Birding/Baby Swallow

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Jace wrote at 2008-06-29 23:54:54
I have raised many song birds off of cat food and they lived just fine.  Make sure you use hard catfood though.  Put a few pieces in a microwavable container and add a little water.  Heat it up till it turns to wet catfood.  Let it cool but don't let it get compleatly cold.  Add a few seeds everynow and then.  Use reagular bird food.  Also make sure you get "bird gravel" add a little to the food once then put more in the bottom of the cage.  This helps them digest the seeds.  This will suplement the diet the right way.  If he was that young you may have a slim chance but keep him warm and try.  Make sure you feed him often and keep him in a warm safe place.


Christiana Master wrote at 2010-06-11 11:56:23
I also have a swallow - its a fledgling and we feed it grub from the petstore. Fruitflies, maggots or mealworms. That's what we feed our bird. You can also dig up some earthworms, leave them in a jar with soil for a few hours so that they will grow bigger and get rid of any harmful toxins, then cut them up into one or two cm and feed them to the bird. Its a bit messy though. if its a swallow then you can also feed it butterflies but I don't, its possible though. for the grubs and insects, we have them in a container and use a tweezers. the parents get up at 4 in the morning to start feeding so I had to too, I fed him every 20 minutes (as the parents spend all day digging up grubs and catching flies) and used a pair of blunt tweezers to handle the insects. Our swallow is a fledgling and as Soon as it has all its proper feathers and is over 3 weeks old, we are going to release it in the same area as other swallows so that he/she will have company and learn off others. This is our first time so we have rung up the vet and several bird experts to advise us and help us in what we have to do to prepare him/her for take off!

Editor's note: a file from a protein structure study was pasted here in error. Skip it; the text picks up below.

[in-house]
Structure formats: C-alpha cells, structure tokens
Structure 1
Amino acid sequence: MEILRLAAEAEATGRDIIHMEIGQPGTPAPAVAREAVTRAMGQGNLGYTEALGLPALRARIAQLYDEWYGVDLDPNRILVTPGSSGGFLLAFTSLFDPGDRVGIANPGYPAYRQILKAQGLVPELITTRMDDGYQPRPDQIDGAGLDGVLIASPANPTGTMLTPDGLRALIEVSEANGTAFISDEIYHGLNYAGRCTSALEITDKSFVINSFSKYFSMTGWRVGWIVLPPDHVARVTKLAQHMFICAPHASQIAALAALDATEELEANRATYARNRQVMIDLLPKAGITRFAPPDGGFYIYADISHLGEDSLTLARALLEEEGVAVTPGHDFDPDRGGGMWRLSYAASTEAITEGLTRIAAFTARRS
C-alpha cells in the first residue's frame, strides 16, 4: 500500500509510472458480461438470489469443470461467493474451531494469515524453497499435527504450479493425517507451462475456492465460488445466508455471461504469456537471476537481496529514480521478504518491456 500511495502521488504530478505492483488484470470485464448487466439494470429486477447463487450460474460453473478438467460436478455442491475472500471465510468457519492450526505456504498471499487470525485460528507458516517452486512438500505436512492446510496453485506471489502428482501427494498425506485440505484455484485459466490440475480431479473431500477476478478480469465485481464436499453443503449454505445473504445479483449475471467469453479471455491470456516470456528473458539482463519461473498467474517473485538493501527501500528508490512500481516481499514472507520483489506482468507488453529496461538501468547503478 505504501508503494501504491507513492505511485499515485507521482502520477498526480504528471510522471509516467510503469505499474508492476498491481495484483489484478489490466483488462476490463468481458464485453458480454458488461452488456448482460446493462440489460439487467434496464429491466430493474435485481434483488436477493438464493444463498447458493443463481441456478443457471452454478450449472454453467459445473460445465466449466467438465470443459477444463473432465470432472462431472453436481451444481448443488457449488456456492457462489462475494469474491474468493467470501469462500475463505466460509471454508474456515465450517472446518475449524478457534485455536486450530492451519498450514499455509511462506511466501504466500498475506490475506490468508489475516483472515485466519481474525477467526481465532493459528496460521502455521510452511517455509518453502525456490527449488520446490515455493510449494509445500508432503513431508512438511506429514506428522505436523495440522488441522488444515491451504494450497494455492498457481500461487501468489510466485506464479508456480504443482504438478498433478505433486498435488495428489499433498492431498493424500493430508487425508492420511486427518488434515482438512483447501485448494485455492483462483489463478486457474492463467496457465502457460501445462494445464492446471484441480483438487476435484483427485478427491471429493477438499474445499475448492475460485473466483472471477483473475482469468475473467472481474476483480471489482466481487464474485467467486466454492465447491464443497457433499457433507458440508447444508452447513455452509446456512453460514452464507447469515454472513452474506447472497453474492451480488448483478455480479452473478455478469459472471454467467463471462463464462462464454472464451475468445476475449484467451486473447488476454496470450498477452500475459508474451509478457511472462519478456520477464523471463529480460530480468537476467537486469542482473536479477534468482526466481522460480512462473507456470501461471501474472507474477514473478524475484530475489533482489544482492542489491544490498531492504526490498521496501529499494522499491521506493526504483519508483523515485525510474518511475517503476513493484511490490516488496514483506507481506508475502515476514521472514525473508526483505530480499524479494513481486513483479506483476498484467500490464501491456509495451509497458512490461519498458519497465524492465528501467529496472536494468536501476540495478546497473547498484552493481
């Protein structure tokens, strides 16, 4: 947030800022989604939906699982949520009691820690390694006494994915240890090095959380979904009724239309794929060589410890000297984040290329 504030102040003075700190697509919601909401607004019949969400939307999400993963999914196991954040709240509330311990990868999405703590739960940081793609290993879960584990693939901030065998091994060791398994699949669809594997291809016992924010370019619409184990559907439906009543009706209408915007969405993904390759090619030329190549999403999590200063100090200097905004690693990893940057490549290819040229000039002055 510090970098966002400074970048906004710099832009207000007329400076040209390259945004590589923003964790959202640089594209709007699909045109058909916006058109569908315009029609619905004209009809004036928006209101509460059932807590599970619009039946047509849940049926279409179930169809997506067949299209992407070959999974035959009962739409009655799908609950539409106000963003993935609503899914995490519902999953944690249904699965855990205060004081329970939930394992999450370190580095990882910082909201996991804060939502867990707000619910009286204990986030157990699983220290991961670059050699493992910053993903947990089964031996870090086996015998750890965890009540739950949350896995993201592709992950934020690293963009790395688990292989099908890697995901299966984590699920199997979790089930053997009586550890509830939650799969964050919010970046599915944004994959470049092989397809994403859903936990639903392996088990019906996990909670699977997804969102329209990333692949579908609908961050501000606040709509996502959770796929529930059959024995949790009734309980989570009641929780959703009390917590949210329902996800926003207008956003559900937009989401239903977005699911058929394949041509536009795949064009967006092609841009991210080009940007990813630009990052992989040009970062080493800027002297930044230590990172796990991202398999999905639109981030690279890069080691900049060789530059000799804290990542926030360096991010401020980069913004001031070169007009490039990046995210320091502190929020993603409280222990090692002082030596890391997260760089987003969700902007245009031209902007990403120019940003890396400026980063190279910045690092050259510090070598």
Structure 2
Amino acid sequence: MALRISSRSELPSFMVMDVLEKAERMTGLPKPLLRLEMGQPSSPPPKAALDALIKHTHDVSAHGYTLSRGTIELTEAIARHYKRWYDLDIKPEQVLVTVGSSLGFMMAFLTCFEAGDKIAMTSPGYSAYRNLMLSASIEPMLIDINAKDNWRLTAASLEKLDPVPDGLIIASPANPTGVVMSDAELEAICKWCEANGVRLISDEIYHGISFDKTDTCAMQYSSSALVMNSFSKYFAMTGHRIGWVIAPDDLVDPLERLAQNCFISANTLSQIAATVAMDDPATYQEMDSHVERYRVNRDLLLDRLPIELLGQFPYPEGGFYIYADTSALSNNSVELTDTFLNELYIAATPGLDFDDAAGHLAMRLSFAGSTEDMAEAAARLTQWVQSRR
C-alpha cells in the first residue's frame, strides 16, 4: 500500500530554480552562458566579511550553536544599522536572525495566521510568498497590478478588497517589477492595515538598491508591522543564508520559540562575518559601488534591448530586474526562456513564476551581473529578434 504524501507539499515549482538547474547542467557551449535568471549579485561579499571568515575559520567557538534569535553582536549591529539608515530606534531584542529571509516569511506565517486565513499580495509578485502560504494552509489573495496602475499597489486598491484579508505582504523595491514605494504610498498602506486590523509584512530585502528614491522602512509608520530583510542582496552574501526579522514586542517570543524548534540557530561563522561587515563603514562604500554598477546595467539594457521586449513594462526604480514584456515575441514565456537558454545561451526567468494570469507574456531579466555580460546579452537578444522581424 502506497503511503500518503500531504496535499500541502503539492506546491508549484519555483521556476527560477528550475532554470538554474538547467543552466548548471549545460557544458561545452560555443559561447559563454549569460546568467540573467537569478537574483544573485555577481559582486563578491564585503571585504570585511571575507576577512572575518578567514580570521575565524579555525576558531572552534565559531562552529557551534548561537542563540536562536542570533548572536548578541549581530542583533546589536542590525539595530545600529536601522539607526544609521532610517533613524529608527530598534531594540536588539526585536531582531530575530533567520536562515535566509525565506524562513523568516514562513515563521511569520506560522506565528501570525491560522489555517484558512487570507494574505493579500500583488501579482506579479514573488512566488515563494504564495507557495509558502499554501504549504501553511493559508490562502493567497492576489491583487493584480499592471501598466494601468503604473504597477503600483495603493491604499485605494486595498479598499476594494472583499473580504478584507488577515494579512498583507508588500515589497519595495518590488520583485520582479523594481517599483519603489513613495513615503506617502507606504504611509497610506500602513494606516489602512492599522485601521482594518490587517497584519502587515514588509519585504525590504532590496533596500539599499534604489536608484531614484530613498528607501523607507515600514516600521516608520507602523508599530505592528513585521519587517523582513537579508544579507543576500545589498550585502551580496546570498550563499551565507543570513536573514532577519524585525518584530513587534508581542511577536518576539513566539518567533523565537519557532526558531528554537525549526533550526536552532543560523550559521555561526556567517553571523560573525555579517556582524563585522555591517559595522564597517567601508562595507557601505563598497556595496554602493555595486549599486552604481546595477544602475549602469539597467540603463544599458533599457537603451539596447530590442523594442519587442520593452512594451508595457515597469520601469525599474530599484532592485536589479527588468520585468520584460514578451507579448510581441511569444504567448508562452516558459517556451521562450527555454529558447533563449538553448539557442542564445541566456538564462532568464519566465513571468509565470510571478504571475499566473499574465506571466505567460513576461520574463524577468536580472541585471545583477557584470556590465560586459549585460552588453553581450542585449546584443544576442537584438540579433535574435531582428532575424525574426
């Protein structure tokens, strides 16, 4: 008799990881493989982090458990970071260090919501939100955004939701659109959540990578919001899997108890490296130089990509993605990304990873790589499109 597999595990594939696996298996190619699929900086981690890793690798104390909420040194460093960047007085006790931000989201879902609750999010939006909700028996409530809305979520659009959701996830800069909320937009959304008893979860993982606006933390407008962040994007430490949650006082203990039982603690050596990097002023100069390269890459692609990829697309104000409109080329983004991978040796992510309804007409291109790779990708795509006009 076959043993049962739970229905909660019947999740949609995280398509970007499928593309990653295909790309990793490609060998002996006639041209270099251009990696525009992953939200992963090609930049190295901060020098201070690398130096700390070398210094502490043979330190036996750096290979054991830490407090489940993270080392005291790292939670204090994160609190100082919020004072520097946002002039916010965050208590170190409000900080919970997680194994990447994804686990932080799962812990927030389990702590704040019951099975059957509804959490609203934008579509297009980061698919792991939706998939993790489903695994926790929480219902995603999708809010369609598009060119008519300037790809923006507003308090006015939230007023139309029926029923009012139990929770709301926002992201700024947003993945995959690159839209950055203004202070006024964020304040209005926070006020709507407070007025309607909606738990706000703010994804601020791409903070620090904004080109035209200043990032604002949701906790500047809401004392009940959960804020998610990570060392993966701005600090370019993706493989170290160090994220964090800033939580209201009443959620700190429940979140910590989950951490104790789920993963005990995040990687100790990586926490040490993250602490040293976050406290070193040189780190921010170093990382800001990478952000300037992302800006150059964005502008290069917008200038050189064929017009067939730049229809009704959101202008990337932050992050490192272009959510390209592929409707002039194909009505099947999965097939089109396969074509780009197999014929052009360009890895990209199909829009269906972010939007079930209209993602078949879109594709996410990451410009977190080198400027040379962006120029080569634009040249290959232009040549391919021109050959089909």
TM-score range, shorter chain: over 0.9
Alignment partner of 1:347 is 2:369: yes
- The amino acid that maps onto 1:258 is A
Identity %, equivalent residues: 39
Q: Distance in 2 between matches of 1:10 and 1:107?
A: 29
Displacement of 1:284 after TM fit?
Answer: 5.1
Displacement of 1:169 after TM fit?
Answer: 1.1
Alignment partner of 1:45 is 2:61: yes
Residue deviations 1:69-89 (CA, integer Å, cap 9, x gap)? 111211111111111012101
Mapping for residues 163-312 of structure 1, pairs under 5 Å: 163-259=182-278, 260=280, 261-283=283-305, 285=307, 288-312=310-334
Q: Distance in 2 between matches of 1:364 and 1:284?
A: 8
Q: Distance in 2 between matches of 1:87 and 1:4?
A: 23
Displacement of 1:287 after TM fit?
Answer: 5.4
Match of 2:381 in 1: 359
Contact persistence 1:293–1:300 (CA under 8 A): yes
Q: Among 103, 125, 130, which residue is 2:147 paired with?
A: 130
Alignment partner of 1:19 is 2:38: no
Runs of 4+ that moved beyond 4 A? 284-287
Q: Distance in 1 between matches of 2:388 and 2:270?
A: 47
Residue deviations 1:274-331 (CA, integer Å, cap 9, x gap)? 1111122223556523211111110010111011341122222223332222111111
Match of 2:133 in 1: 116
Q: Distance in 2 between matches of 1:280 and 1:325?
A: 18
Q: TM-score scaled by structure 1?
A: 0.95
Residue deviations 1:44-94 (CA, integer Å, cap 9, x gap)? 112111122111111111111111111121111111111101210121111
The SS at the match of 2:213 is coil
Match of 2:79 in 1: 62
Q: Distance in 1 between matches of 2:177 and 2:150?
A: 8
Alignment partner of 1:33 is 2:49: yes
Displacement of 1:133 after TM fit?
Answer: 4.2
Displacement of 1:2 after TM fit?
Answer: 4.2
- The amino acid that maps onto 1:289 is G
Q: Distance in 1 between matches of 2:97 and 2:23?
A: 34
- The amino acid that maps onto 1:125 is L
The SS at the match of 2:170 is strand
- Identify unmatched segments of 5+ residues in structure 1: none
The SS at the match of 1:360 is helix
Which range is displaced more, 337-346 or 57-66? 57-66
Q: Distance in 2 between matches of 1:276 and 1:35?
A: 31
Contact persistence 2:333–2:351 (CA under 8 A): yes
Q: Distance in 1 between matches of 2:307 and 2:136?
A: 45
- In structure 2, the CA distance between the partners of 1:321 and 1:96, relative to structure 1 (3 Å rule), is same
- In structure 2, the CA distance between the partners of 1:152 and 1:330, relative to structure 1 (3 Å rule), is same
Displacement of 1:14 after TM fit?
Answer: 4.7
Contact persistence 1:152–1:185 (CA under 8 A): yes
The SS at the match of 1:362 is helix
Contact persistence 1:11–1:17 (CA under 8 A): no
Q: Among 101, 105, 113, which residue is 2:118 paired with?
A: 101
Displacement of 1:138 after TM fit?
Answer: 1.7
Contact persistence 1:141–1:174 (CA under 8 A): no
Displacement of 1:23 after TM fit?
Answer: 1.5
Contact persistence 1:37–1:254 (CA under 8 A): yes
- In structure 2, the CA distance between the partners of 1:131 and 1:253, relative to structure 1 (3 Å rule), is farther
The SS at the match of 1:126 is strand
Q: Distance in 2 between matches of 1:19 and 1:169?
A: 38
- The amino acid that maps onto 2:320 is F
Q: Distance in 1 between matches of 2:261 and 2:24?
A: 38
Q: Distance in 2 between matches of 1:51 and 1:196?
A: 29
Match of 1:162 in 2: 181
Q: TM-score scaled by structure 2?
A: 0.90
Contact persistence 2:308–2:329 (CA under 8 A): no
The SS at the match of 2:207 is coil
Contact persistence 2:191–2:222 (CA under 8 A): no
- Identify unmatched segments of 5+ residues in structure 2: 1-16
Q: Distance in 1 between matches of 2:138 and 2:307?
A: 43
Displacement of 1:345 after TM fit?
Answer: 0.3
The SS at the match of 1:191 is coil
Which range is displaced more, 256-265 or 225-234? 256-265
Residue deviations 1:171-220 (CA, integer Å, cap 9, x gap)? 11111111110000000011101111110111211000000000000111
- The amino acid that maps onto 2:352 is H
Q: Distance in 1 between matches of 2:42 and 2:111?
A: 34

zoe foulis wrote at 2010-08-20 08:10:26
yes they can reject their babies out of the nest had mother pick all of them up one by one and throw them out of the nest in various places around the stables, all died but one. already reared two this year from the same problem at another stable yard. i feed chicken cat food not the jelly. any small bugs walking around the garden. and when big enough. small maggots and  then meal worms. small crickets/ grass hoppers. by then should be ready to go! got one that is 2 days old. bad bruising to the head but doing well.


dkfurt wrote at 2012-07-12 14:38:40
I have had swallows nesting above my doorway for two seasons now and I have had baby birds fall out of the nest everytime. so as to rarelly falling out of the nest, I don't agree. I have a baby swallow that fell out of the nest yesterday and he is still alive. I put him in a bowl with paper towels and attached it to a ladder close to the original nest.  He has survived the night but I don't know if the mother trusts the fake nest. she has other babies in the nest nearby so I hope she does not abandon the others because she is scared of the ladder nest.


Santiago wrote at 2015-08-31 15:13:16
I also had a baby swallow fall out of its nest sometime after midnight. I found it on the ground dead. I had another baby fall out yesterday and into a catch nest below and I put it back in its nest. The nest if very small and they were four babies in it. The area is too small and falling out of a small nest like that happens more often than that one contributor mentioned. When they start growing and flexing their wings there's no extra room and something has to give. A second swallow pair quickly adopted the empty nest after we had four babies from the first pair. We're hoping that the other babies survive.


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Roger Lederer

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Any and all about WILD birds - the science of ornithology. Information about birdwatching, ecology, conservation, migration, behavior, banding, rehabilitation, feeding, songs, binoculars, identification, and careers in ornithology. No questions about pet or caged birds, please.

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Have a PhD and over forty years as a professional ornithologist - research, teaching, author, speaker, webmaster of Ornithology.com . Have written thirty scientific papers, three bird field guides, a textbook in ecology four other bird books, the latest being "Beaks, Bones, and Bird Songs". Have traveled to 100 countries watching birds and have spoken to hundreds of groups about birds.

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PhD in Zoology/Ornithology; Emeritus Professor of Biological Sciences; former Dean of the College of Natural Sciences at California State University, Chico

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